A 1099 form reports payments made to non-employee workers and entities, including income, dividends, awards, merchant cards, real estate transactions, etc. Examples of these forms are 1099-NEC, 1099-K and 1099-MISC, but there are more and each is unique to the classification of reportable amounts.
The IRS uses these forms to prevent tax fraud and ensure that all income and earnings are reported accurately. Your business uses the information reported on the W-9, along with your accounting records, to fill out 1099 forms.
What is a 1099-NEC form?
The 1099-NEC (Non-Employee Compensation) form reports earnings paid to non-employees, specifically self-employed workers like independent contractors and freelancers who provide goods and services that directly relate to your trade or business. For example, the freelance web designer you hired and paid should receive a 1099-NEC from you.
To complete the 1099-NEC, you will need to know the following:
Name and address of the payee
TIN for both the payer and payee
Suggested reading: The best way to pay 1099 contractors
What is a 1099-K form?
If your business accepts payments for goods or services and you operate as a third-party payment processor — or you work with a Payment Settlement Entity (PSE) — you’ll use the 1099-K Payment Card and Third-party Network Transactions form to report payments made to your gig and on-demand persons.
Think of online marketplaces like Etsy and eBay or on-demand services like DoorDash and Uber. A purchaser uses their credit card to pay for a ride home, those payments are processed by the rideshare company who then makes sure the driver is compensated. The aggregate of those payments made to the driver are reported on the 1099-K.
The 1099-K requirements have been updated, beginning with payments made in 2022. Previously, payments received through third-party transactions needed to meet a $20,000 threshold with more than 200 transactions. Now, if you made gross payments that total $600 or more to a person or entity, a 1099-K needs to be filed.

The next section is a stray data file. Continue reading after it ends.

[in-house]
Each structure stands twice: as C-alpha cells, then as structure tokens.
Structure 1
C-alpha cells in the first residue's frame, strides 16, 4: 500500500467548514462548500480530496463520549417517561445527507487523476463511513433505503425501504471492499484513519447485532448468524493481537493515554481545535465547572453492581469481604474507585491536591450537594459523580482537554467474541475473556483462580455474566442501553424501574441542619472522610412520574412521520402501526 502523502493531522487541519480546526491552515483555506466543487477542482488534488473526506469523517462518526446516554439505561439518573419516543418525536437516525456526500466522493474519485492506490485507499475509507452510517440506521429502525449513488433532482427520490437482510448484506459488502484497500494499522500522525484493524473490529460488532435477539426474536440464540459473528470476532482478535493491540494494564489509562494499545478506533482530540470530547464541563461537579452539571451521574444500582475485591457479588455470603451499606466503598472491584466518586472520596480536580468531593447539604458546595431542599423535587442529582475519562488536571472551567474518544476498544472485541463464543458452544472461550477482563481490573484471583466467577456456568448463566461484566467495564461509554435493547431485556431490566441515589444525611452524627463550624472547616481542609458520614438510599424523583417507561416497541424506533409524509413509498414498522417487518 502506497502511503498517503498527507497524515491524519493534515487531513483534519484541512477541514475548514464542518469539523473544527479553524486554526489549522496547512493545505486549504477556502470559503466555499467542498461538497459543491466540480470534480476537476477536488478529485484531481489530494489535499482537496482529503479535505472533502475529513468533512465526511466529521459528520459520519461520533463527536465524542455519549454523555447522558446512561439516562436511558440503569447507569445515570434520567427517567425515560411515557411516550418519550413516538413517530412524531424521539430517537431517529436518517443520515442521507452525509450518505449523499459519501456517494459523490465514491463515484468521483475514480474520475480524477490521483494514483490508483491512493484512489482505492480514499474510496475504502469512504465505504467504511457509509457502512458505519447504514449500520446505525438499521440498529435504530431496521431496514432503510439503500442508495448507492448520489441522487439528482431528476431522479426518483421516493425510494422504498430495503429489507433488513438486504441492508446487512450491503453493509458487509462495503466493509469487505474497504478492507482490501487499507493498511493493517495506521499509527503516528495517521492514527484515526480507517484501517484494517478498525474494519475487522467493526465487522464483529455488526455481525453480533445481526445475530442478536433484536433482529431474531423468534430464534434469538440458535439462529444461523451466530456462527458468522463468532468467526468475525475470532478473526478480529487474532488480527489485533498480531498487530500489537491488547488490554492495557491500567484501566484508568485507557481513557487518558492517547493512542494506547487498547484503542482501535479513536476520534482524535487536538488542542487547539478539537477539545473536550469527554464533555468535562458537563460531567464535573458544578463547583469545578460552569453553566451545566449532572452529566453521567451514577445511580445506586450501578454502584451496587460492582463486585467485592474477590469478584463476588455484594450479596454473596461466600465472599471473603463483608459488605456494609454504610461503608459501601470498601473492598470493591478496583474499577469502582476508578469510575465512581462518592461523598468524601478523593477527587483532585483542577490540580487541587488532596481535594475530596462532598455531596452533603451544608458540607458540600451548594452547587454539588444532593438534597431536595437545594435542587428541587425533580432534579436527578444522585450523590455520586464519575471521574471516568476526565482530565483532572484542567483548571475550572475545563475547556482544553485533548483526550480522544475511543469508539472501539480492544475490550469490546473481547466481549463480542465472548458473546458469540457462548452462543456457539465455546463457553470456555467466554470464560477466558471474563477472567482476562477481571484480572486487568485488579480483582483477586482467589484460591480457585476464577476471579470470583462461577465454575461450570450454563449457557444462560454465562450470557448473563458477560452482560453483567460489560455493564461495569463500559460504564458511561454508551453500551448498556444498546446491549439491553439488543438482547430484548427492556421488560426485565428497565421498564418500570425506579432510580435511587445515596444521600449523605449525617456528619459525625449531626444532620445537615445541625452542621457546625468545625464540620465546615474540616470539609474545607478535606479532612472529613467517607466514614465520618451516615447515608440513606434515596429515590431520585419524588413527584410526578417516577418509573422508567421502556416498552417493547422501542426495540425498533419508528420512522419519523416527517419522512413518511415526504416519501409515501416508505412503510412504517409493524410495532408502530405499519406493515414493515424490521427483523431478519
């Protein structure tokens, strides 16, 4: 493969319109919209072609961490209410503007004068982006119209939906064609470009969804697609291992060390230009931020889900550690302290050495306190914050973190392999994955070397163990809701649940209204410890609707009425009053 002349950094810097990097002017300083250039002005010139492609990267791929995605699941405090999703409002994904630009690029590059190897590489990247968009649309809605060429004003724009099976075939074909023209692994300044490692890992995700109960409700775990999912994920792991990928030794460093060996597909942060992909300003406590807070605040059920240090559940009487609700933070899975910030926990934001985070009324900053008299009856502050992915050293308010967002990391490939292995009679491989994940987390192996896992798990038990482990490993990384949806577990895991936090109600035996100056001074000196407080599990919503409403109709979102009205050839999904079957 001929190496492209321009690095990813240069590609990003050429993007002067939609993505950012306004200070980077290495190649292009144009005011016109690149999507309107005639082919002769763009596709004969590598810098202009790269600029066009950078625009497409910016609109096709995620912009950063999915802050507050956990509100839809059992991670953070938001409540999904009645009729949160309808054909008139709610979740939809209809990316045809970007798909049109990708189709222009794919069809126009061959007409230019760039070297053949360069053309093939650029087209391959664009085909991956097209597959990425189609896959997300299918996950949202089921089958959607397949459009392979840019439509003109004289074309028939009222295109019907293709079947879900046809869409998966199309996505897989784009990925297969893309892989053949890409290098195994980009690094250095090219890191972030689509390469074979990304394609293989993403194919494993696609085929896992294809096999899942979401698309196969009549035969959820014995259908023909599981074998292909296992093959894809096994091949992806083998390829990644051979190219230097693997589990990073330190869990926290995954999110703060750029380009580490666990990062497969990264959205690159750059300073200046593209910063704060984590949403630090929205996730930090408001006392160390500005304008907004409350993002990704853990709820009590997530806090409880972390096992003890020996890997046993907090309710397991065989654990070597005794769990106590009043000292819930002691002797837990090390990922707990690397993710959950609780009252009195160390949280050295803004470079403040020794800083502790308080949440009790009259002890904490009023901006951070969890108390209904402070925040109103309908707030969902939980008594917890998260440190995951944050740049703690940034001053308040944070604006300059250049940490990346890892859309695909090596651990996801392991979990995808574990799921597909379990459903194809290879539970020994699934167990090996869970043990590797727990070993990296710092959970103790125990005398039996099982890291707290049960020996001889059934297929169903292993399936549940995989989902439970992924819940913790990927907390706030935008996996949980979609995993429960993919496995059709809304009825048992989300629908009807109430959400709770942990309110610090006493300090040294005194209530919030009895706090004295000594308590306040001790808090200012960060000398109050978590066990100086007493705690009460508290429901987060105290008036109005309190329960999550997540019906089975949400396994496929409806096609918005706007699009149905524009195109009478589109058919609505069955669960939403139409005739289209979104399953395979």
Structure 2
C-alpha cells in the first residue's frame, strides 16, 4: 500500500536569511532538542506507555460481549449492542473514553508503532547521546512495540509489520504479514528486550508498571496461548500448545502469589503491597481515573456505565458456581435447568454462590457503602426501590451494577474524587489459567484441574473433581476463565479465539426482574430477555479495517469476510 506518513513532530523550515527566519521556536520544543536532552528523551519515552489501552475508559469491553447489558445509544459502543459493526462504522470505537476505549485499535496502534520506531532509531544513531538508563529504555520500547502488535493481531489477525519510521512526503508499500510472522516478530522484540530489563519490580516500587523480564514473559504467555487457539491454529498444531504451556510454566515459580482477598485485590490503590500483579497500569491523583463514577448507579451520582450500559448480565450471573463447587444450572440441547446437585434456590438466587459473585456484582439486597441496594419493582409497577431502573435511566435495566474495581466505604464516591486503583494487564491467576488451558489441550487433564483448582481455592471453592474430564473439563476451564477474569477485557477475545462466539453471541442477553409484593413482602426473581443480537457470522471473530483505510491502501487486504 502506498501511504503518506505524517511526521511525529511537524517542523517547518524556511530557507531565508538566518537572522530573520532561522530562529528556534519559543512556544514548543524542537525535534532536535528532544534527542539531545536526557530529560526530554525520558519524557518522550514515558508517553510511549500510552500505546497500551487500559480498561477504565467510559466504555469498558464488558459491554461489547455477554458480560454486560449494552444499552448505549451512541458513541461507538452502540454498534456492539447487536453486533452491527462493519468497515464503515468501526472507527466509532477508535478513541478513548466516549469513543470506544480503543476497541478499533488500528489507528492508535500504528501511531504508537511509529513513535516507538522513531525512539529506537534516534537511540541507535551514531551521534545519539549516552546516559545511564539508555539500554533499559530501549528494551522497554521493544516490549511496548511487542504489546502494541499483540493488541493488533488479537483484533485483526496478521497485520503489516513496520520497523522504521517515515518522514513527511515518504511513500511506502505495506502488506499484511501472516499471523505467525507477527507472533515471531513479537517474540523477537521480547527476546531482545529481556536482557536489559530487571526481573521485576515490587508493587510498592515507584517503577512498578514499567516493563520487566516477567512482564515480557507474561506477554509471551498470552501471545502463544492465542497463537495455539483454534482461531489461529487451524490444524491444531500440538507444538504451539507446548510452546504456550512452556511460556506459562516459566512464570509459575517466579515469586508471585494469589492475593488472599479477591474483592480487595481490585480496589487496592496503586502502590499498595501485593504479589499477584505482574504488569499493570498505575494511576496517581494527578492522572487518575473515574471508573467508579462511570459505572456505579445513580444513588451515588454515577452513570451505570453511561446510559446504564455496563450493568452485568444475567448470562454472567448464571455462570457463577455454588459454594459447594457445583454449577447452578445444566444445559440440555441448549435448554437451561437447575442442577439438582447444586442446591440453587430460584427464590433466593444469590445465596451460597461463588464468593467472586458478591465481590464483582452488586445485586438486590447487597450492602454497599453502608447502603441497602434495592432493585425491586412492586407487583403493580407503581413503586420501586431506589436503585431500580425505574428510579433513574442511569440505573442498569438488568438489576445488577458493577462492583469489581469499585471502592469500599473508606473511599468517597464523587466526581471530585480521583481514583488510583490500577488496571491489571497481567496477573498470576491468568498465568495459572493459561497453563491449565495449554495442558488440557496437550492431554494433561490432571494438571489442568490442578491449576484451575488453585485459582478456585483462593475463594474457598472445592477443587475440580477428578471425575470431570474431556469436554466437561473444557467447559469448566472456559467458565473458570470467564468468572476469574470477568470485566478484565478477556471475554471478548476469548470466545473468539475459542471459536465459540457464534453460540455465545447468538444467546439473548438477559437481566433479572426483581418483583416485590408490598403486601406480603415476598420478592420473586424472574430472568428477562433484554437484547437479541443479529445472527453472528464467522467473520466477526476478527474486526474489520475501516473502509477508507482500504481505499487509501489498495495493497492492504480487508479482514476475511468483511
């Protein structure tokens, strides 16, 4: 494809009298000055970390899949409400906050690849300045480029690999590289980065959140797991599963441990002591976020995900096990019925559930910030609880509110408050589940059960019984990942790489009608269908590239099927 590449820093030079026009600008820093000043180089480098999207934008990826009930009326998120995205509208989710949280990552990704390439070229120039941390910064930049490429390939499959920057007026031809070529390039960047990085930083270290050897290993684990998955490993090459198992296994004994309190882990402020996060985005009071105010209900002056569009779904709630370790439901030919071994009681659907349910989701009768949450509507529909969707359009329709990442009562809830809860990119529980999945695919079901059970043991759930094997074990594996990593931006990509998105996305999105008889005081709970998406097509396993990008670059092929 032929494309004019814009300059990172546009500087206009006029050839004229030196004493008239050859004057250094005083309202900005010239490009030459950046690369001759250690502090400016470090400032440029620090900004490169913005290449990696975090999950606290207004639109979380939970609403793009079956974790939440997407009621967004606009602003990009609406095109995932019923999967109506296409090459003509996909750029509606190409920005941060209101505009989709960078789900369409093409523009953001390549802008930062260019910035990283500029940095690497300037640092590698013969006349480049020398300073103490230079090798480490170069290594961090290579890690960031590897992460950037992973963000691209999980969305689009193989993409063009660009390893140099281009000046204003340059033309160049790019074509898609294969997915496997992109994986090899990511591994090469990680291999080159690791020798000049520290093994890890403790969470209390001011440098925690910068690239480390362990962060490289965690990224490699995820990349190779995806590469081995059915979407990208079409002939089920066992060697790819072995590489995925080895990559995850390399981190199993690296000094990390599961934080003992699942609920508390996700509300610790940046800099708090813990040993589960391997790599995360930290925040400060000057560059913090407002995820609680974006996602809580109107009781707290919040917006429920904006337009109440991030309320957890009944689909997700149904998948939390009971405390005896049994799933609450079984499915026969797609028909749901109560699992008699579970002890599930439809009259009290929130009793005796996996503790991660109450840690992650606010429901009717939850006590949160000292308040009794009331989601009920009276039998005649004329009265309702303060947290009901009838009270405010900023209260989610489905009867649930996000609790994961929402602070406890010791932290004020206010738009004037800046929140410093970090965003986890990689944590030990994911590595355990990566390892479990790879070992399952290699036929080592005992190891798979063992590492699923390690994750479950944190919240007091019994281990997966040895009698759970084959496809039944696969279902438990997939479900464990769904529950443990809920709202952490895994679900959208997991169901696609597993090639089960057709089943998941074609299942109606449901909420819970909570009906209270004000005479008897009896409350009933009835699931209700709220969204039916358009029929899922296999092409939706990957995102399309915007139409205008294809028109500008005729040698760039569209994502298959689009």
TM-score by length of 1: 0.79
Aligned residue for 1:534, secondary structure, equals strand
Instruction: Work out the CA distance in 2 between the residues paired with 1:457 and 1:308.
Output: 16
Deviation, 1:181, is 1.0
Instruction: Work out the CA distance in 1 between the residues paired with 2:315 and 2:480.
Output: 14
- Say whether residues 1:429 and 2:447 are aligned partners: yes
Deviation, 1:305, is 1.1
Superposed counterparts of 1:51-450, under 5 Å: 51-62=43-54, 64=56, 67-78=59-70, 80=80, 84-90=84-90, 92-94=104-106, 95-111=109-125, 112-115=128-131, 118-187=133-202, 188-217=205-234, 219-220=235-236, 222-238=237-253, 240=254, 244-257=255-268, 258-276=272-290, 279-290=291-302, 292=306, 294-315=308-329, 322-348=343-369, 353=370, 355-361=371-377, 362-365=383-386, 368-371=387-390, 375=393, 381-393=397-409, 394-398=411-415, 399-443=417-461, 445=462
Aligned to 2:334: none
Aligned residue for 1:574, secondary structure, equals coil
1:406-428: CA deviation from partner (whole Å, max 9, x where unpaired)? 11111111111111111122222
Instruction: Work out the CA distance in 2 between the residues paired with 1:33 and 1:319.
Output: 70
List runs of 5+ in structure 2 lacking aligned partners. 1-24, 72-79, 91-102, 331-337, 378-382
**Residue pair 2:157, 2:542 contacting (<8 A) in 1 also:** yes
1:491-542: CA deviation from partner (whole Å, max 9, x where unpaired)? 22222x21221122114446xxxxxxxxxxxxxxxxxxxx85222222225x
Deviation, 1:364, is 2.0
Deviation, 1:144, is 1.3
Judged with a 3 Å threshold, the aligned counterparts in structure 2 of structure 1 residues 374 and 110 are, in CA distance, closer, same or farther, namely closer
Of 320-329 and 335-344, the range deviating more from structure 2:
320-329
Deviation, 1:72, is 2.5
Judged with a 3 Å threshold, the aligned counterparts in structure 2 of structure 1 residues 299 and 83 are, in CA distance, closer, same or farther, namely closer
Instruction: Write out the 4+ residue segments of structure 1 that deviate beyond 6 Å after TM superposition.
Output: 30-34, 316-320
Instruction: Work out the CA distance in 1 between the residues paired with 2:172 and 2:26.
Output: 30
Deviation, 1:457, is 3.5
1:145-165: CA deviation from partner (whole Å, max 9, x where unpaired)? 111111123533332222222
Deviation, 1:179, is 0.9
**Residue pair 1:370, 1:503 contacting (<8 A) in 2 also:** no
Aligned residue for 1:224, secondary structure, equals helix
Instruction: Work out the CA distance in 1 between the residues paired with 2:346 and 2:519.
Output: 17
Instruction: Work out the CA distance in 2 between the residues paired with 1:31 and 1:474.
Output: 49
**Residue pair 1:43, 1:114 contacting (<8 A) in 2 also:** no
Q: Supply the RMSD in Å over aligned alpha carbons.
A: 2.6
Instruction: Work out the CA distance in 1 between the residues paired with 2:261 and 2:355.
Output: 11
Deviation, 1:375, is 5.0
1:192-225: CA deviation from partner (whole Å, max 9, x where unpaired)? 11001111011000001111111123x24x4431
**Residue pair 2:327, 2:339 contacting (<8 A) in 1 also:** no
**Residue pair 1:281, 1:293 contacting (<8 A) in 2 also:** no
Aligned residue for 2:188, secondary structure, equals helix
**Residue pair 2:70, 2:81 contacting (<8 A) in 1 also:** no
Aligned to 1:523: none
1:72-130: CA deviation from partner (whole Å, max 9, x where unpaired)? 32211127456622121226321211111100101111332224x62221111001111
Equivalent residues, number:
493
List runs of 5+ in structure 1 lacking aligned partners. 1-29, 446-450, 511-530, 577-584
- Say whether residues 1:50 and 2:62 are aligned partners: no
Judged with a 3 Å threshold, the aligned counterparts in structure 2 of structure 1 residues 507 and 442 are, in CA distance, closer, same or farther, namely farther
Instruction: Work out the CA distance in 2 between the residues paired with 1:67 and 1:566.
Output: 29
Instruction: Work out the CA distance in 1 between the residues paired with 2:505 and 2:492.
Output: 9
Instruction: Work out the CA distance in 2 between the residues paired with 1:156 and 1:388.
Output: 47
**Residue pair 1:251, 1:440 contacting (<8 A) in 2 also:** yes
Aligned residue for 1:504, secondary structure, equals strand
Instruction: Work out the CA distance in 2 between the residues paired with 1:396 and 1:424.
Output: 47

To complete the 1099-K, you will need to know the following:
Name, address and TIN of the payer and payee
Gross amount of payments made to the payee
Number of payment transactions
Number of Card Not Present payments made
Gross payments made for each month of the year
What is a 1099-MISC form?
The 1099-MISC form is used to report various payments made by a business to persons or entities throughout the course of trade or business. With some exceptions, all rents, royalties, attorney’s fees, awards and healthcare payments are all examples of what is reported on the 1099-MISC.
To complete the 1099-Misc, you will need to know the following:
The payer and payee name, address and TIN
The type of payment that was made
The gross amount of the payment
Suggested Reading: What is form 1099-MISC
How Routable can help
Having accurate W-9 information from your vendors, gig workers, freelancers and contractors is key to avoiding late fees and other penalties from the IRS. Routable aims to keep your tax season hassle-free by helping your business collect, store and process tax information.
With Routable, vendors are asked for the TIN and W-9 information while onboarding, and a PDF of their W-9 is securely stored without having to send it through email. And now, Routable does even more to help you through tax season with the ability to export all vendor tax data into a CSV file, making the information ready for an easy upload into your tax generation software to generate 1099 forms.